Before there was Baker Bob’s There was The Almonte Bakery

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Please note–Trying hard here to piece things together– but if their are any errors, omissions or additions, please tell me.

Please see *Jaan Kolk’s comments at the end.

 

The Aitkenhead Scotch Bakery in Ottawa was owned by Scottish immigrant George Aitkenhead in the late 1800’s- early 1900’s. It was situated on McLaren Street until the great fire of Ottawa/ Hull and then moved to Bank Street. After he moved to his new spot business was not great, so he moved out west. His son Robert moved to Carleton Place to 20 Frank Street and Robert Jr.later moved to Almonte.

 

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Aitkenhead Bakery Ottawa, Ontario

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Aitkenhead Ottawa, Ontario

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Aitkenhead Ottawa, Ontario

The North Lanark Regional Museum has absolutely nothing on The Almonte Bakery and is excited to get these for their archives. I could not find a mention anywhere until Lanark County Genealogical Society president Jayne Munro-Ouimet sent me a message today.

“Linda, you mentioned this family moved to Almonte and opened a Bakery. The bakery was located on Queen St and right next door to the current Menzies House Bed and Breakfast . The bakery was on the first floor and the Atinkhead’s lived upstairs. As a youngster Saturday morning trips from our Ramsay Township Farm to Almonte for Fresh Bread and ooh those famous “Butterfly Buns” will never be forgotten. Today many years later, I still remember that bakery’s smell of cinnamon and fresh bread… Makes me homesick when I walk past those St. Cinnamon shops in the big city. Mrs. Atinkhead should have taught the St. Cinnamon bakers how to bake!”

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Aitkenhead – The Almonte Bakery Ontario, Queen Street–Betty Lalonde’s wedding cake

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Robert Aitkenhead – The Almonte Bakery Ontario, Queen Street January 1953

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Robert Aitkenhead –  The Almonte Bakery Ontario,Queen Street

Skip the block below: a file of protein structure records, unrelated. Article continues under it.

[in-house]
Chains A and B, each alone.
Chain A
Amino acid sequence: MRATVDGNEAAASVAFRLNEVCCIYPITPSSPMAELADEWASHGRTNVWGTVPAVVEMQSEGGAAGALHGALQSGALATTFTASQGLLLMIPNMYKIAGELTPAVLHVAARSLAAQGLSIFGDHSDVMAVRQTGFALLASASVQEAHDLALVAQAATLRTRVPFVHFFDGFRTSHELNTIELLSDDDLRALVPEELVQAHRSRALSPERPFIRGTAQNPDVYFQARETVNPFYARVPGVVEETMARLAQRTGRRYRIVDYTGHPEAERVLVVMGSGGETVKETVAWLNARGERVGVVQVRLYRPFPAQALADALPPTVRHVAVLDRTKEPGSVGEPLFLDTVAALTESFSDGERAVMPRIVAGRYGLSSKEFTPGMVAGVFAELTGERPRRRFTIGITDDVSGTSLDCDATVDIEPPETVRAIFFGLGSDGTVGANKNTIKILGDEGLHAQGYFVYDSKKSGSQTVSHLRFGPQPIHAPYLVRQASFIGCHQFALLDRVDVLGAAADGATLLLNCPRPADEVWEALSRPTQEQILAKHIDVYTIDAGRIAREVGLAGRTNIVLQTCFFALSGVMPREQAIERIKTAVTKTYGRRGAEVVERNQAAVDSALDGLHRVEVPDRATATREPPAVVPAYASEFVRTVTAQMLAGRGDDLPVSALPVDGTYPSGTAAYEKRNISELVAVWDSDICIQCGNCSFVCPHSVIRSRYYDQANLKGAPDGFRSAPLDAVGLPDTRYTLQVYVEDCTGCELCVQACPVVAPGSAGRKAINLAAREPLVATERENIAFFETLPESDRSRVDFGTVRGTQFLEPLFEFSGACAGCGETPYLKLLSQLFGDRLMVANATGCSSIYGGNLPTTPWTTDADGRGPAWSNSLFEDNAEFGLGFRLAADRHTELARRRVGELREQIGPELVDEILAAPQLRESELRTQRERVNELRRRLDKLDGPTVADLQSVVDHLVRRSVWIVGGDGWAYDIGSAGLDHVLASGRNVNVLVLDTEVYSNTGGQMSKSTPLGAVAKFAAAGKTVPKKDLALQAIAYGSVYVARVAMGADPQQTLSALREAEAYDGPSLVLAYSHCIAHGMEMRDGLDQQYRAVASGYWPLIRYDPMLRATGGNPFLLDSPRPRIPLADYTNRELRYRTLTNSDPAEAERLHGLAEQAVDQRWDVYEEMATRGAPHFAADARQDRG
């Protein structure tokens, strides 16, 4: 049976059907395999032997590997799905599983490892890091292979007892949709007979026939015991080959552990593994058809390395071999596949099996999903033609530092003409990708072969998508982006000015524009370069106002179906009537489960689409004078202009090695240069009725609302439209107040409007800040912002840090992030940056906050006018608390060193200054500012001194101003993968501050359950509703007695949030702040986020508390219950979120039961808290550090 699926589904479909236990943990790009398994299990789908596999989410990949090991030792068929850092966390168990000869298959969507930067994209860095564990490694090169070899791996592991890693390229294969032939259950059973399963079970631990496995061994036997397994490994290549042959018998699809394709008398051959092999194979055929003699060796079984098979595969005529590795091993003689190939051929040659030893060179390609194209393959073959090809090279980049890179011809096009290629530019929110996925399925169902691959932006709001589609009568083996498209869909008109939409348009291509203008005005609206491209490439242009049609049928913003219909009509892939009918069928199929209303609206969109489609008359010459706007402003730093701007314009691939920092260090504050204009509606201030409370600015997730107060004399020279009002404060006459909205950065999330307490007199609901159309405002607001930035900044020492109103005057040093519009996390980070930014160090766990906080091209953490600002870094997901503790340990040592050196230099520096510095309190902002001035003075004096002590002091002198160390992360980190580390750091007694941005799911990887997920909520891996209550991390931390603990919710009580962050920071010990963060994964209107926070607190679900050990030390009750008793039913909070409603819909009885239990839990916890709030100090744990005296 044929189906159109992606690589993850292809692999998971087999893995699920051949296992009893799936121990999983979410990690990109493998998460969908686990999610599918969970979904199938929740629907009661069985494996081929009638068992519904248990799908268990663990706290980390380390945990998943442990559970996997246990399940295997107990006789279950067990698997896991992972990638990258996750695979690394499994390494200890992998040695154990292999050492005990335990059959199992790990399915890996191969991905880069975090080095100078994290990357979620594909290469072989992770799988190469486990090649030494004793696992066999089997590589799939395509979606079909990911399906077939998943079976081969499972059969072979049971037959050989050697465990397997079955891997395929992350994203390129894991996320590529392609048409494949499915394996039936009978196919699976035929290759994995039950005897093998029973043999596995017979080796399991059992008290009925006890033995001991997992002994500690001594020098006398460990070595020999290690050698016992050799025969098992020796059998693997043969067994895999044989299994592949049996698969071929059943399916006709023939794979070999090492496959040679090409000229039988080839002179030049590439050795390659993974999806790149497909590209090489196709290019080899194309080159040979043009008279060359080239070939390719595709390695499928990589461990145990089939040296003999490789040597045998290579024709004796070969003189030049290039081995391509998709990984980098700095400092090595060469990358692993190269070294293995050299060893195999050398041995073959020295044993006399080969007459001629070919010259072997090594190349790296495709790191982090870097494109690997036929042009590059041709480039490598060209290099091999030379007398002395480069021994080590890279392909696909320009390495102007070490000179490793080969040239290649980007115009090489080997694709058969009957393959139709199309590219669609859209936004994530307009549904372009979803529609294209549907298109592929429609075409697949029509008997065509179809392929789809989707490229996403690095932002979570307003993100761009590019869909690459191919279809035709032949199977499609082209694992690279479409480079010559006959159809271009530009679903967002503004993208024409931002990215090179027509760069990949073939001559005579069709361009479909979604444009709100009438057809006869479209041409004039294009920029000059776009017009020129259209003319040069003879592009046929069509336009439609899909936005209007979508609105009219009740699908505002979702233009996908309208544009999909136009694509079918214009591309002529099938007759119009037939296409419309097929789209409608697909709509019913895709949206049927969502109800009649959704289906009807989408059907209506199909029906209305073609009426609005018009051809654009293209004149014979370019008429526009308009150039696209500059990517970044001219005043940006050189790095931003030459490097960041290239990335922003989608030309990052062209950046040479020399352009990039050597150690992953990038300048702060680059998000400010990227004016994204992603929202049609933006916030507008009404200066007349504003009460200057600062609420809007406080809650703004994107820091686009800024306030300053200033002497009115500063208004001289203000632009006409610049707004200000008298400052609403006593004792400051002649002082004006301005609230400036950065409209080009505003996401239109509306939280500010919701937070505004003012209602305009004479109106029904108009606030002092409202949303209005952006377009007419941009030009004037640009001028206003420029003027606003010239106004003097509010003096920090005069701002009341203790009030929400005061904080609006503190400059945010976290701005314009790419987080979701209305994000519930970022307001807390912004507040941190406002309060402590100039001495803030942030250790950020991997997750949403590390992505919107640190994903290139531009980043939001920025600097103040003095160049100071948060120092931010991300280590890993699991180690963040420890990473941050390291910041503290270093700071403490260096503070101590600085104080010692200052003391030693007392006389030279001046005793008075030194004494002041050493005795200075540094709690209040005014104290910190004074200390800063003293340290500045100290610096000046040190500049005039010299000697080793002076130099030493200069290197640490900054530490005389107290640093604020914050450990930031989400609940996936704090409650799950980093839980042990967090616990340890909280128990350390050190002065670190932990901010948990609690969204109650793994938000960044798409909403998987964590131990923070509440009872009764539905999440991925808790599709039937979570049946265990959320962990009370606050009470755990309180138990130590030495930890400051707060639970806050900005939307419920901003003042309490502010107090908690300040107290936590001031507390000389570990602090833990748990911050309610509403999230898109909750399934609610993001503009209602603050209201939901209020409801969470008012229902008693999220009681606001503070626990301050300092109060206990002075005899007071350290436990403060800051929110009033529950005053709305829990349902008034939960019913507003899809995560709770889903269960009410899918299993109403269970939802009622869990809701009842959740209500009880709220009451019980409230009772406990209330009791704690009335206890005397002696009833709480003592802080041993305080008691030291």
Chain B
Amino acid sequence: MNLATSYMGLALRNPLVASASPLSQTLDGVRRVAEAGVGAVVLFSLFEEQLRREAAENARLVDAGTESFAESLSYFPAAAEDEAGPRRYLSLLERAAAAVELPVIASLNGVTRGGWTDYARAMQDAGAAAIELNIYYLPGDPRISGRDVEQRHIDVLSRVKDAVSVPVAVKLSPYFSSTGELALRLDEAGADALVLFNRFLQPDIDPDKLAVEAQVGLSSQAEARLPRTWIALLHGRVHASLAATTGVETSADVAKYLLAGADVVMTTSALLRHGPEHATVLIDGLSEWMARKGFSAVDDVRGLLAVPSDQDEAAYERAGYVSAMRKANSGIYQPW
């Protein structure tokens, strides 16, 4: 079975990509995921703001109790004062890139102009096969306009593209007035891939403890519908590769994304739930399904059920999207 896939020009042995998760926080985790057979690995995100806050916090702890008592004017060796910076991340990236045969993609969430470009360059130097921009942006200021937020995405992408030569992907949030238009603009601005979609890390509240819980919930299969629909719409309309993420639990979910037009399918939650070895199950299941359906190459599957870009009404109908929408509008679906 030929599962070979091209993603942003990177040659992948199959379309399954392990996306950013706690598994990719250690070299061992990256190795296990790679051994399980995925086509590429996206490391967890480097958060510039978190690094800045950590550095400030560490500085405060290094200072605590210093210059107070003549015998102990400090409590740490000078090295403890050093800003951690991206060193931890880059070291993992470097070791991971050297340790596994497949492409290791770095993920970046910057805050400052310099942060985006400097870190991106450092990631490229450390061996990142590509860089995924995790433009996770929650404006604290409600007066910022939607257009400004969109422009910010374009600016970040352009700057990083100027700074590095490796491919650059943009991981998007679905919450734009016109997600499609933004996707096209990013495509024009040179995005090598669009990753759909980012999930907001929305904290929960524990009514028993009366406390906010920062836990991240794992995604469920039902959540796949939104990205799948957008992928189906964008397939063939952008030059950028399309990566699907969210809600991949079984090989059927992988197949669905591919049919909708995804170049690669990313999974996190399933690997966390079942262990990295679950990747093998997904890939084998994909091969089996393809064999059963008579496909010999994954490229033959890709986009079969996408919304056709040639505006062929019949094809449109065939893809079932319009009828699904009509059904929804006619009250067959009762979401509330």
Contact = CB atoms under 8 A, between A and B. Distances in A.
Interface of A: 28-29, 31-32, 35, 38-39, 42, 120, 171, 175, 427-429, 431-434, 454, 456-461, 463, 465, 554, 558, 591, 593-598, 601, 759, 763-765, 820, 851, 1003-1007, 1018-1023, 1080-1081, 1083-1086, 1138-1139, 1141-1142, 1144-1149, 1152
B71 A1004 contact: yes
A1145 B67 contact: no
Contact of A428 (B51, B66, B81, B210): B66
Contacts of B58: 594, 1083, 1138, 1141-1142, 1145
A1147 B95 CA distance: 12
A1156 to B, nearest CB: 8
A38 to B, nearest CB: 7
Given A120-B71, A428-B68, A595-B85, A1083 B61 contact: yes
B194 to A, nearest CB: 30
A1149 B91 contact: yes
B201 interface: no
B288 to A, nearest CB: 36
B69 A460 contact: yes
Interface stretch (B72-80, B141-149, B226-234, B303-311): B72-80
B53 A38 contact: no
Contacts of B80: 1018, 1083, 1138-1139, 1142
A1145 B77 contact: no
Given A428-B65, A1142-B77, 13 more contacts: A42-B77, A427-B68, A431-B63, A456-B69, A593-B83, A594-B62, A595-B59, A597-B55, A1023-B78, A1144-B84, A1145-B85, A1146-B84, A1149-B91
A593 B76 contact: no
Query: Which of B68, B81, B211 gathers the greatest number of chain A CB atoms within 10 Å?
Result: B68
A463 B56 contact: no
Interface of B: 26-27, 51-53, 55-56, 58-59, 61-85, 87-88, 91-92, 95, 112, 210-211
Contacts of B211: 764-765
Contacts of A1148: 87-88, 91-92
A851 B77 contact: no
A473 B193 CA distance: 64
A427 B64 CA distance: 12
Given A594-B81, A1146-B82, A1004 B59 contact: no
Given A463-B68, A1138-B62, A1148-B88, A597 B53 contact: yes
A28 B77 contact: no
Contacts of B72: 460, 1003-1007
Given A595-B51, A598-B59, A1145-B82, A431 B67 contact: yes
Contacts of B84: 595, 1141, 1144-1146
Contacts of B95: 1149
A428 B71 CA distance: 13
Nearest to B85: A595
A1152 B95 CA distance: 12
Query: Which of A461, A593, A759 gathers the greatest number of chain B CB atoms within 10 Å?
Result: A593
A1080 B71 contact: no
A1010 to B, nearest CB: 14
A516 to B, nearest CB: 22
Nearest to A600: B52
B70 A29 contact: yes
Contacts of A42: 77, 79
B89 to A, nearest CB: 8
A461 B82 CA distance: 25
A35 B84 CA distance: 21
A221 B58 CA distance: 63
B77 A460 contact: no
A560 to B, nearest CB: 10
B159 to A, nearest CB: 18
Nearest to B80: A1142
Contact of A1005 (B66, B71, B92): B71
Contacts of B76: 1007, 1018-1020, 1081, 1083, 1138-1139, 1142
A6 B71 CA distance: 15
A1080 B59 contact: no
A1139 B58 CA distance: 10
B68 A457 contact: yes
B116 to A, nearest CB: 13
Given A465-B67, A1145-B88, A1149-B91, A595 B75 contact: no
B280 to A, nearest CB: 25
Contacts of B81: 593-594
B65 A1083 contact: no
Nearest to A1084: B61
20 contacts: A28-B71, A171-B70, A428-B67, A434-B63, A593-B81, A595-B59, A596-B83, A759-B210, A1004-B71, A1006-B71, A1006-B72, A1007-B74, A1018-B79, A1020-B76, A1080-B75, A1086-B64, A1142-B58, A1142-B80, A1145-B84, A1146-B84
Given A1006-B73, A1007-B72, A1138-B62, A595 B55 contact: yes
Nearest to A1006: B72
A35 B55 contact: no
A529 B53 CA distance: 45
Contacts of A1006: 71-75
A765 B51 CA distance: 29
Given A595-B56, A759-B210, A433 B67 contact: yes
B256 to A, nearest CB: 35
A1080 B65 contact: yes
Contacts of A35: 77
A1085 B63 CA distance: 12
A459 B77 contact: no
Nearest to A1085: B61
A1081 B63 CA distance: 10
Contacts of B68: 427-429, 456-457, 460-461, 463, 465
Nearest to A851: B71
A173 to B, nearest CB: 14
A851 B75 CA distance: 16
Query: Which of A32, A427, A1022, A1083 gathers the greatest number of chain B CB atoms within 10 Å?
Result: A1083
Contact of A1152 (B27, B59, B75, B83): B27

Robert (Dad), Delmer Royce, Millie Aitkenhead rolling buns.

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Aitkenhead – The Almonte Bakery Ontario,Queen Street 1969

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Aitkenhead – The Almonte Bakery Ontario,Queen Street 1969 (Look at the building across the street)

PLEASE NOTE-

The photos from the Millie Aikenhead Collection as I call it will be split between the Carleton Place and Beckwith Heritage Museum (Carleton Place Photos) and the North Lanark Regional Museum (Almonte Photos)

I try and save old photos after I share them with the world as I feel no one will appreciate them if they sit unseen. If you read My Family in a Box story those pictures are now in the save keeping of Archives Lanark.

Related reading:

What Happened to the House and Family on Frank Street –Part 1

The Aitkenhead Family at 20 Frank Street in Carleton Place

Before there was Baker Bob’s There was The Almonte Bakery

Hog’s Back Falls Ottawa –Aitkenhead Photo Collection

How to Make a Vintage Apron- Aitkenhead Photo Collection

No Banker Left Behind – Bank of Montreal Almonte Photos

Down by the Mississippi River- Almonte Falls Photos 50s

 

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*Jaan Kolk— Linda, the early genealogy and Ottawa history in your article is a bit off. Robert Stephenson Aitkenhead (~1901-1978), father of Mildred (Mrs. Roy Woodcock) was the son of David Aitkenhead (~1863-1945) who came to Ottawa from Scotland in 1887. Both David and a George J. Aitkenhead operated bakeries separately in Ottawa 1899-1908, and I believe they were related. They appeared in Ottawa about the same time, and David also named his other son George J – but I have not found a close family connection. See also my comments where your photo is shared on Lost Ottawa‘s timeline. Here is the obituary of Robert Stephenson Aitkenhead from the Ottawa Citizen, July 3, 1978: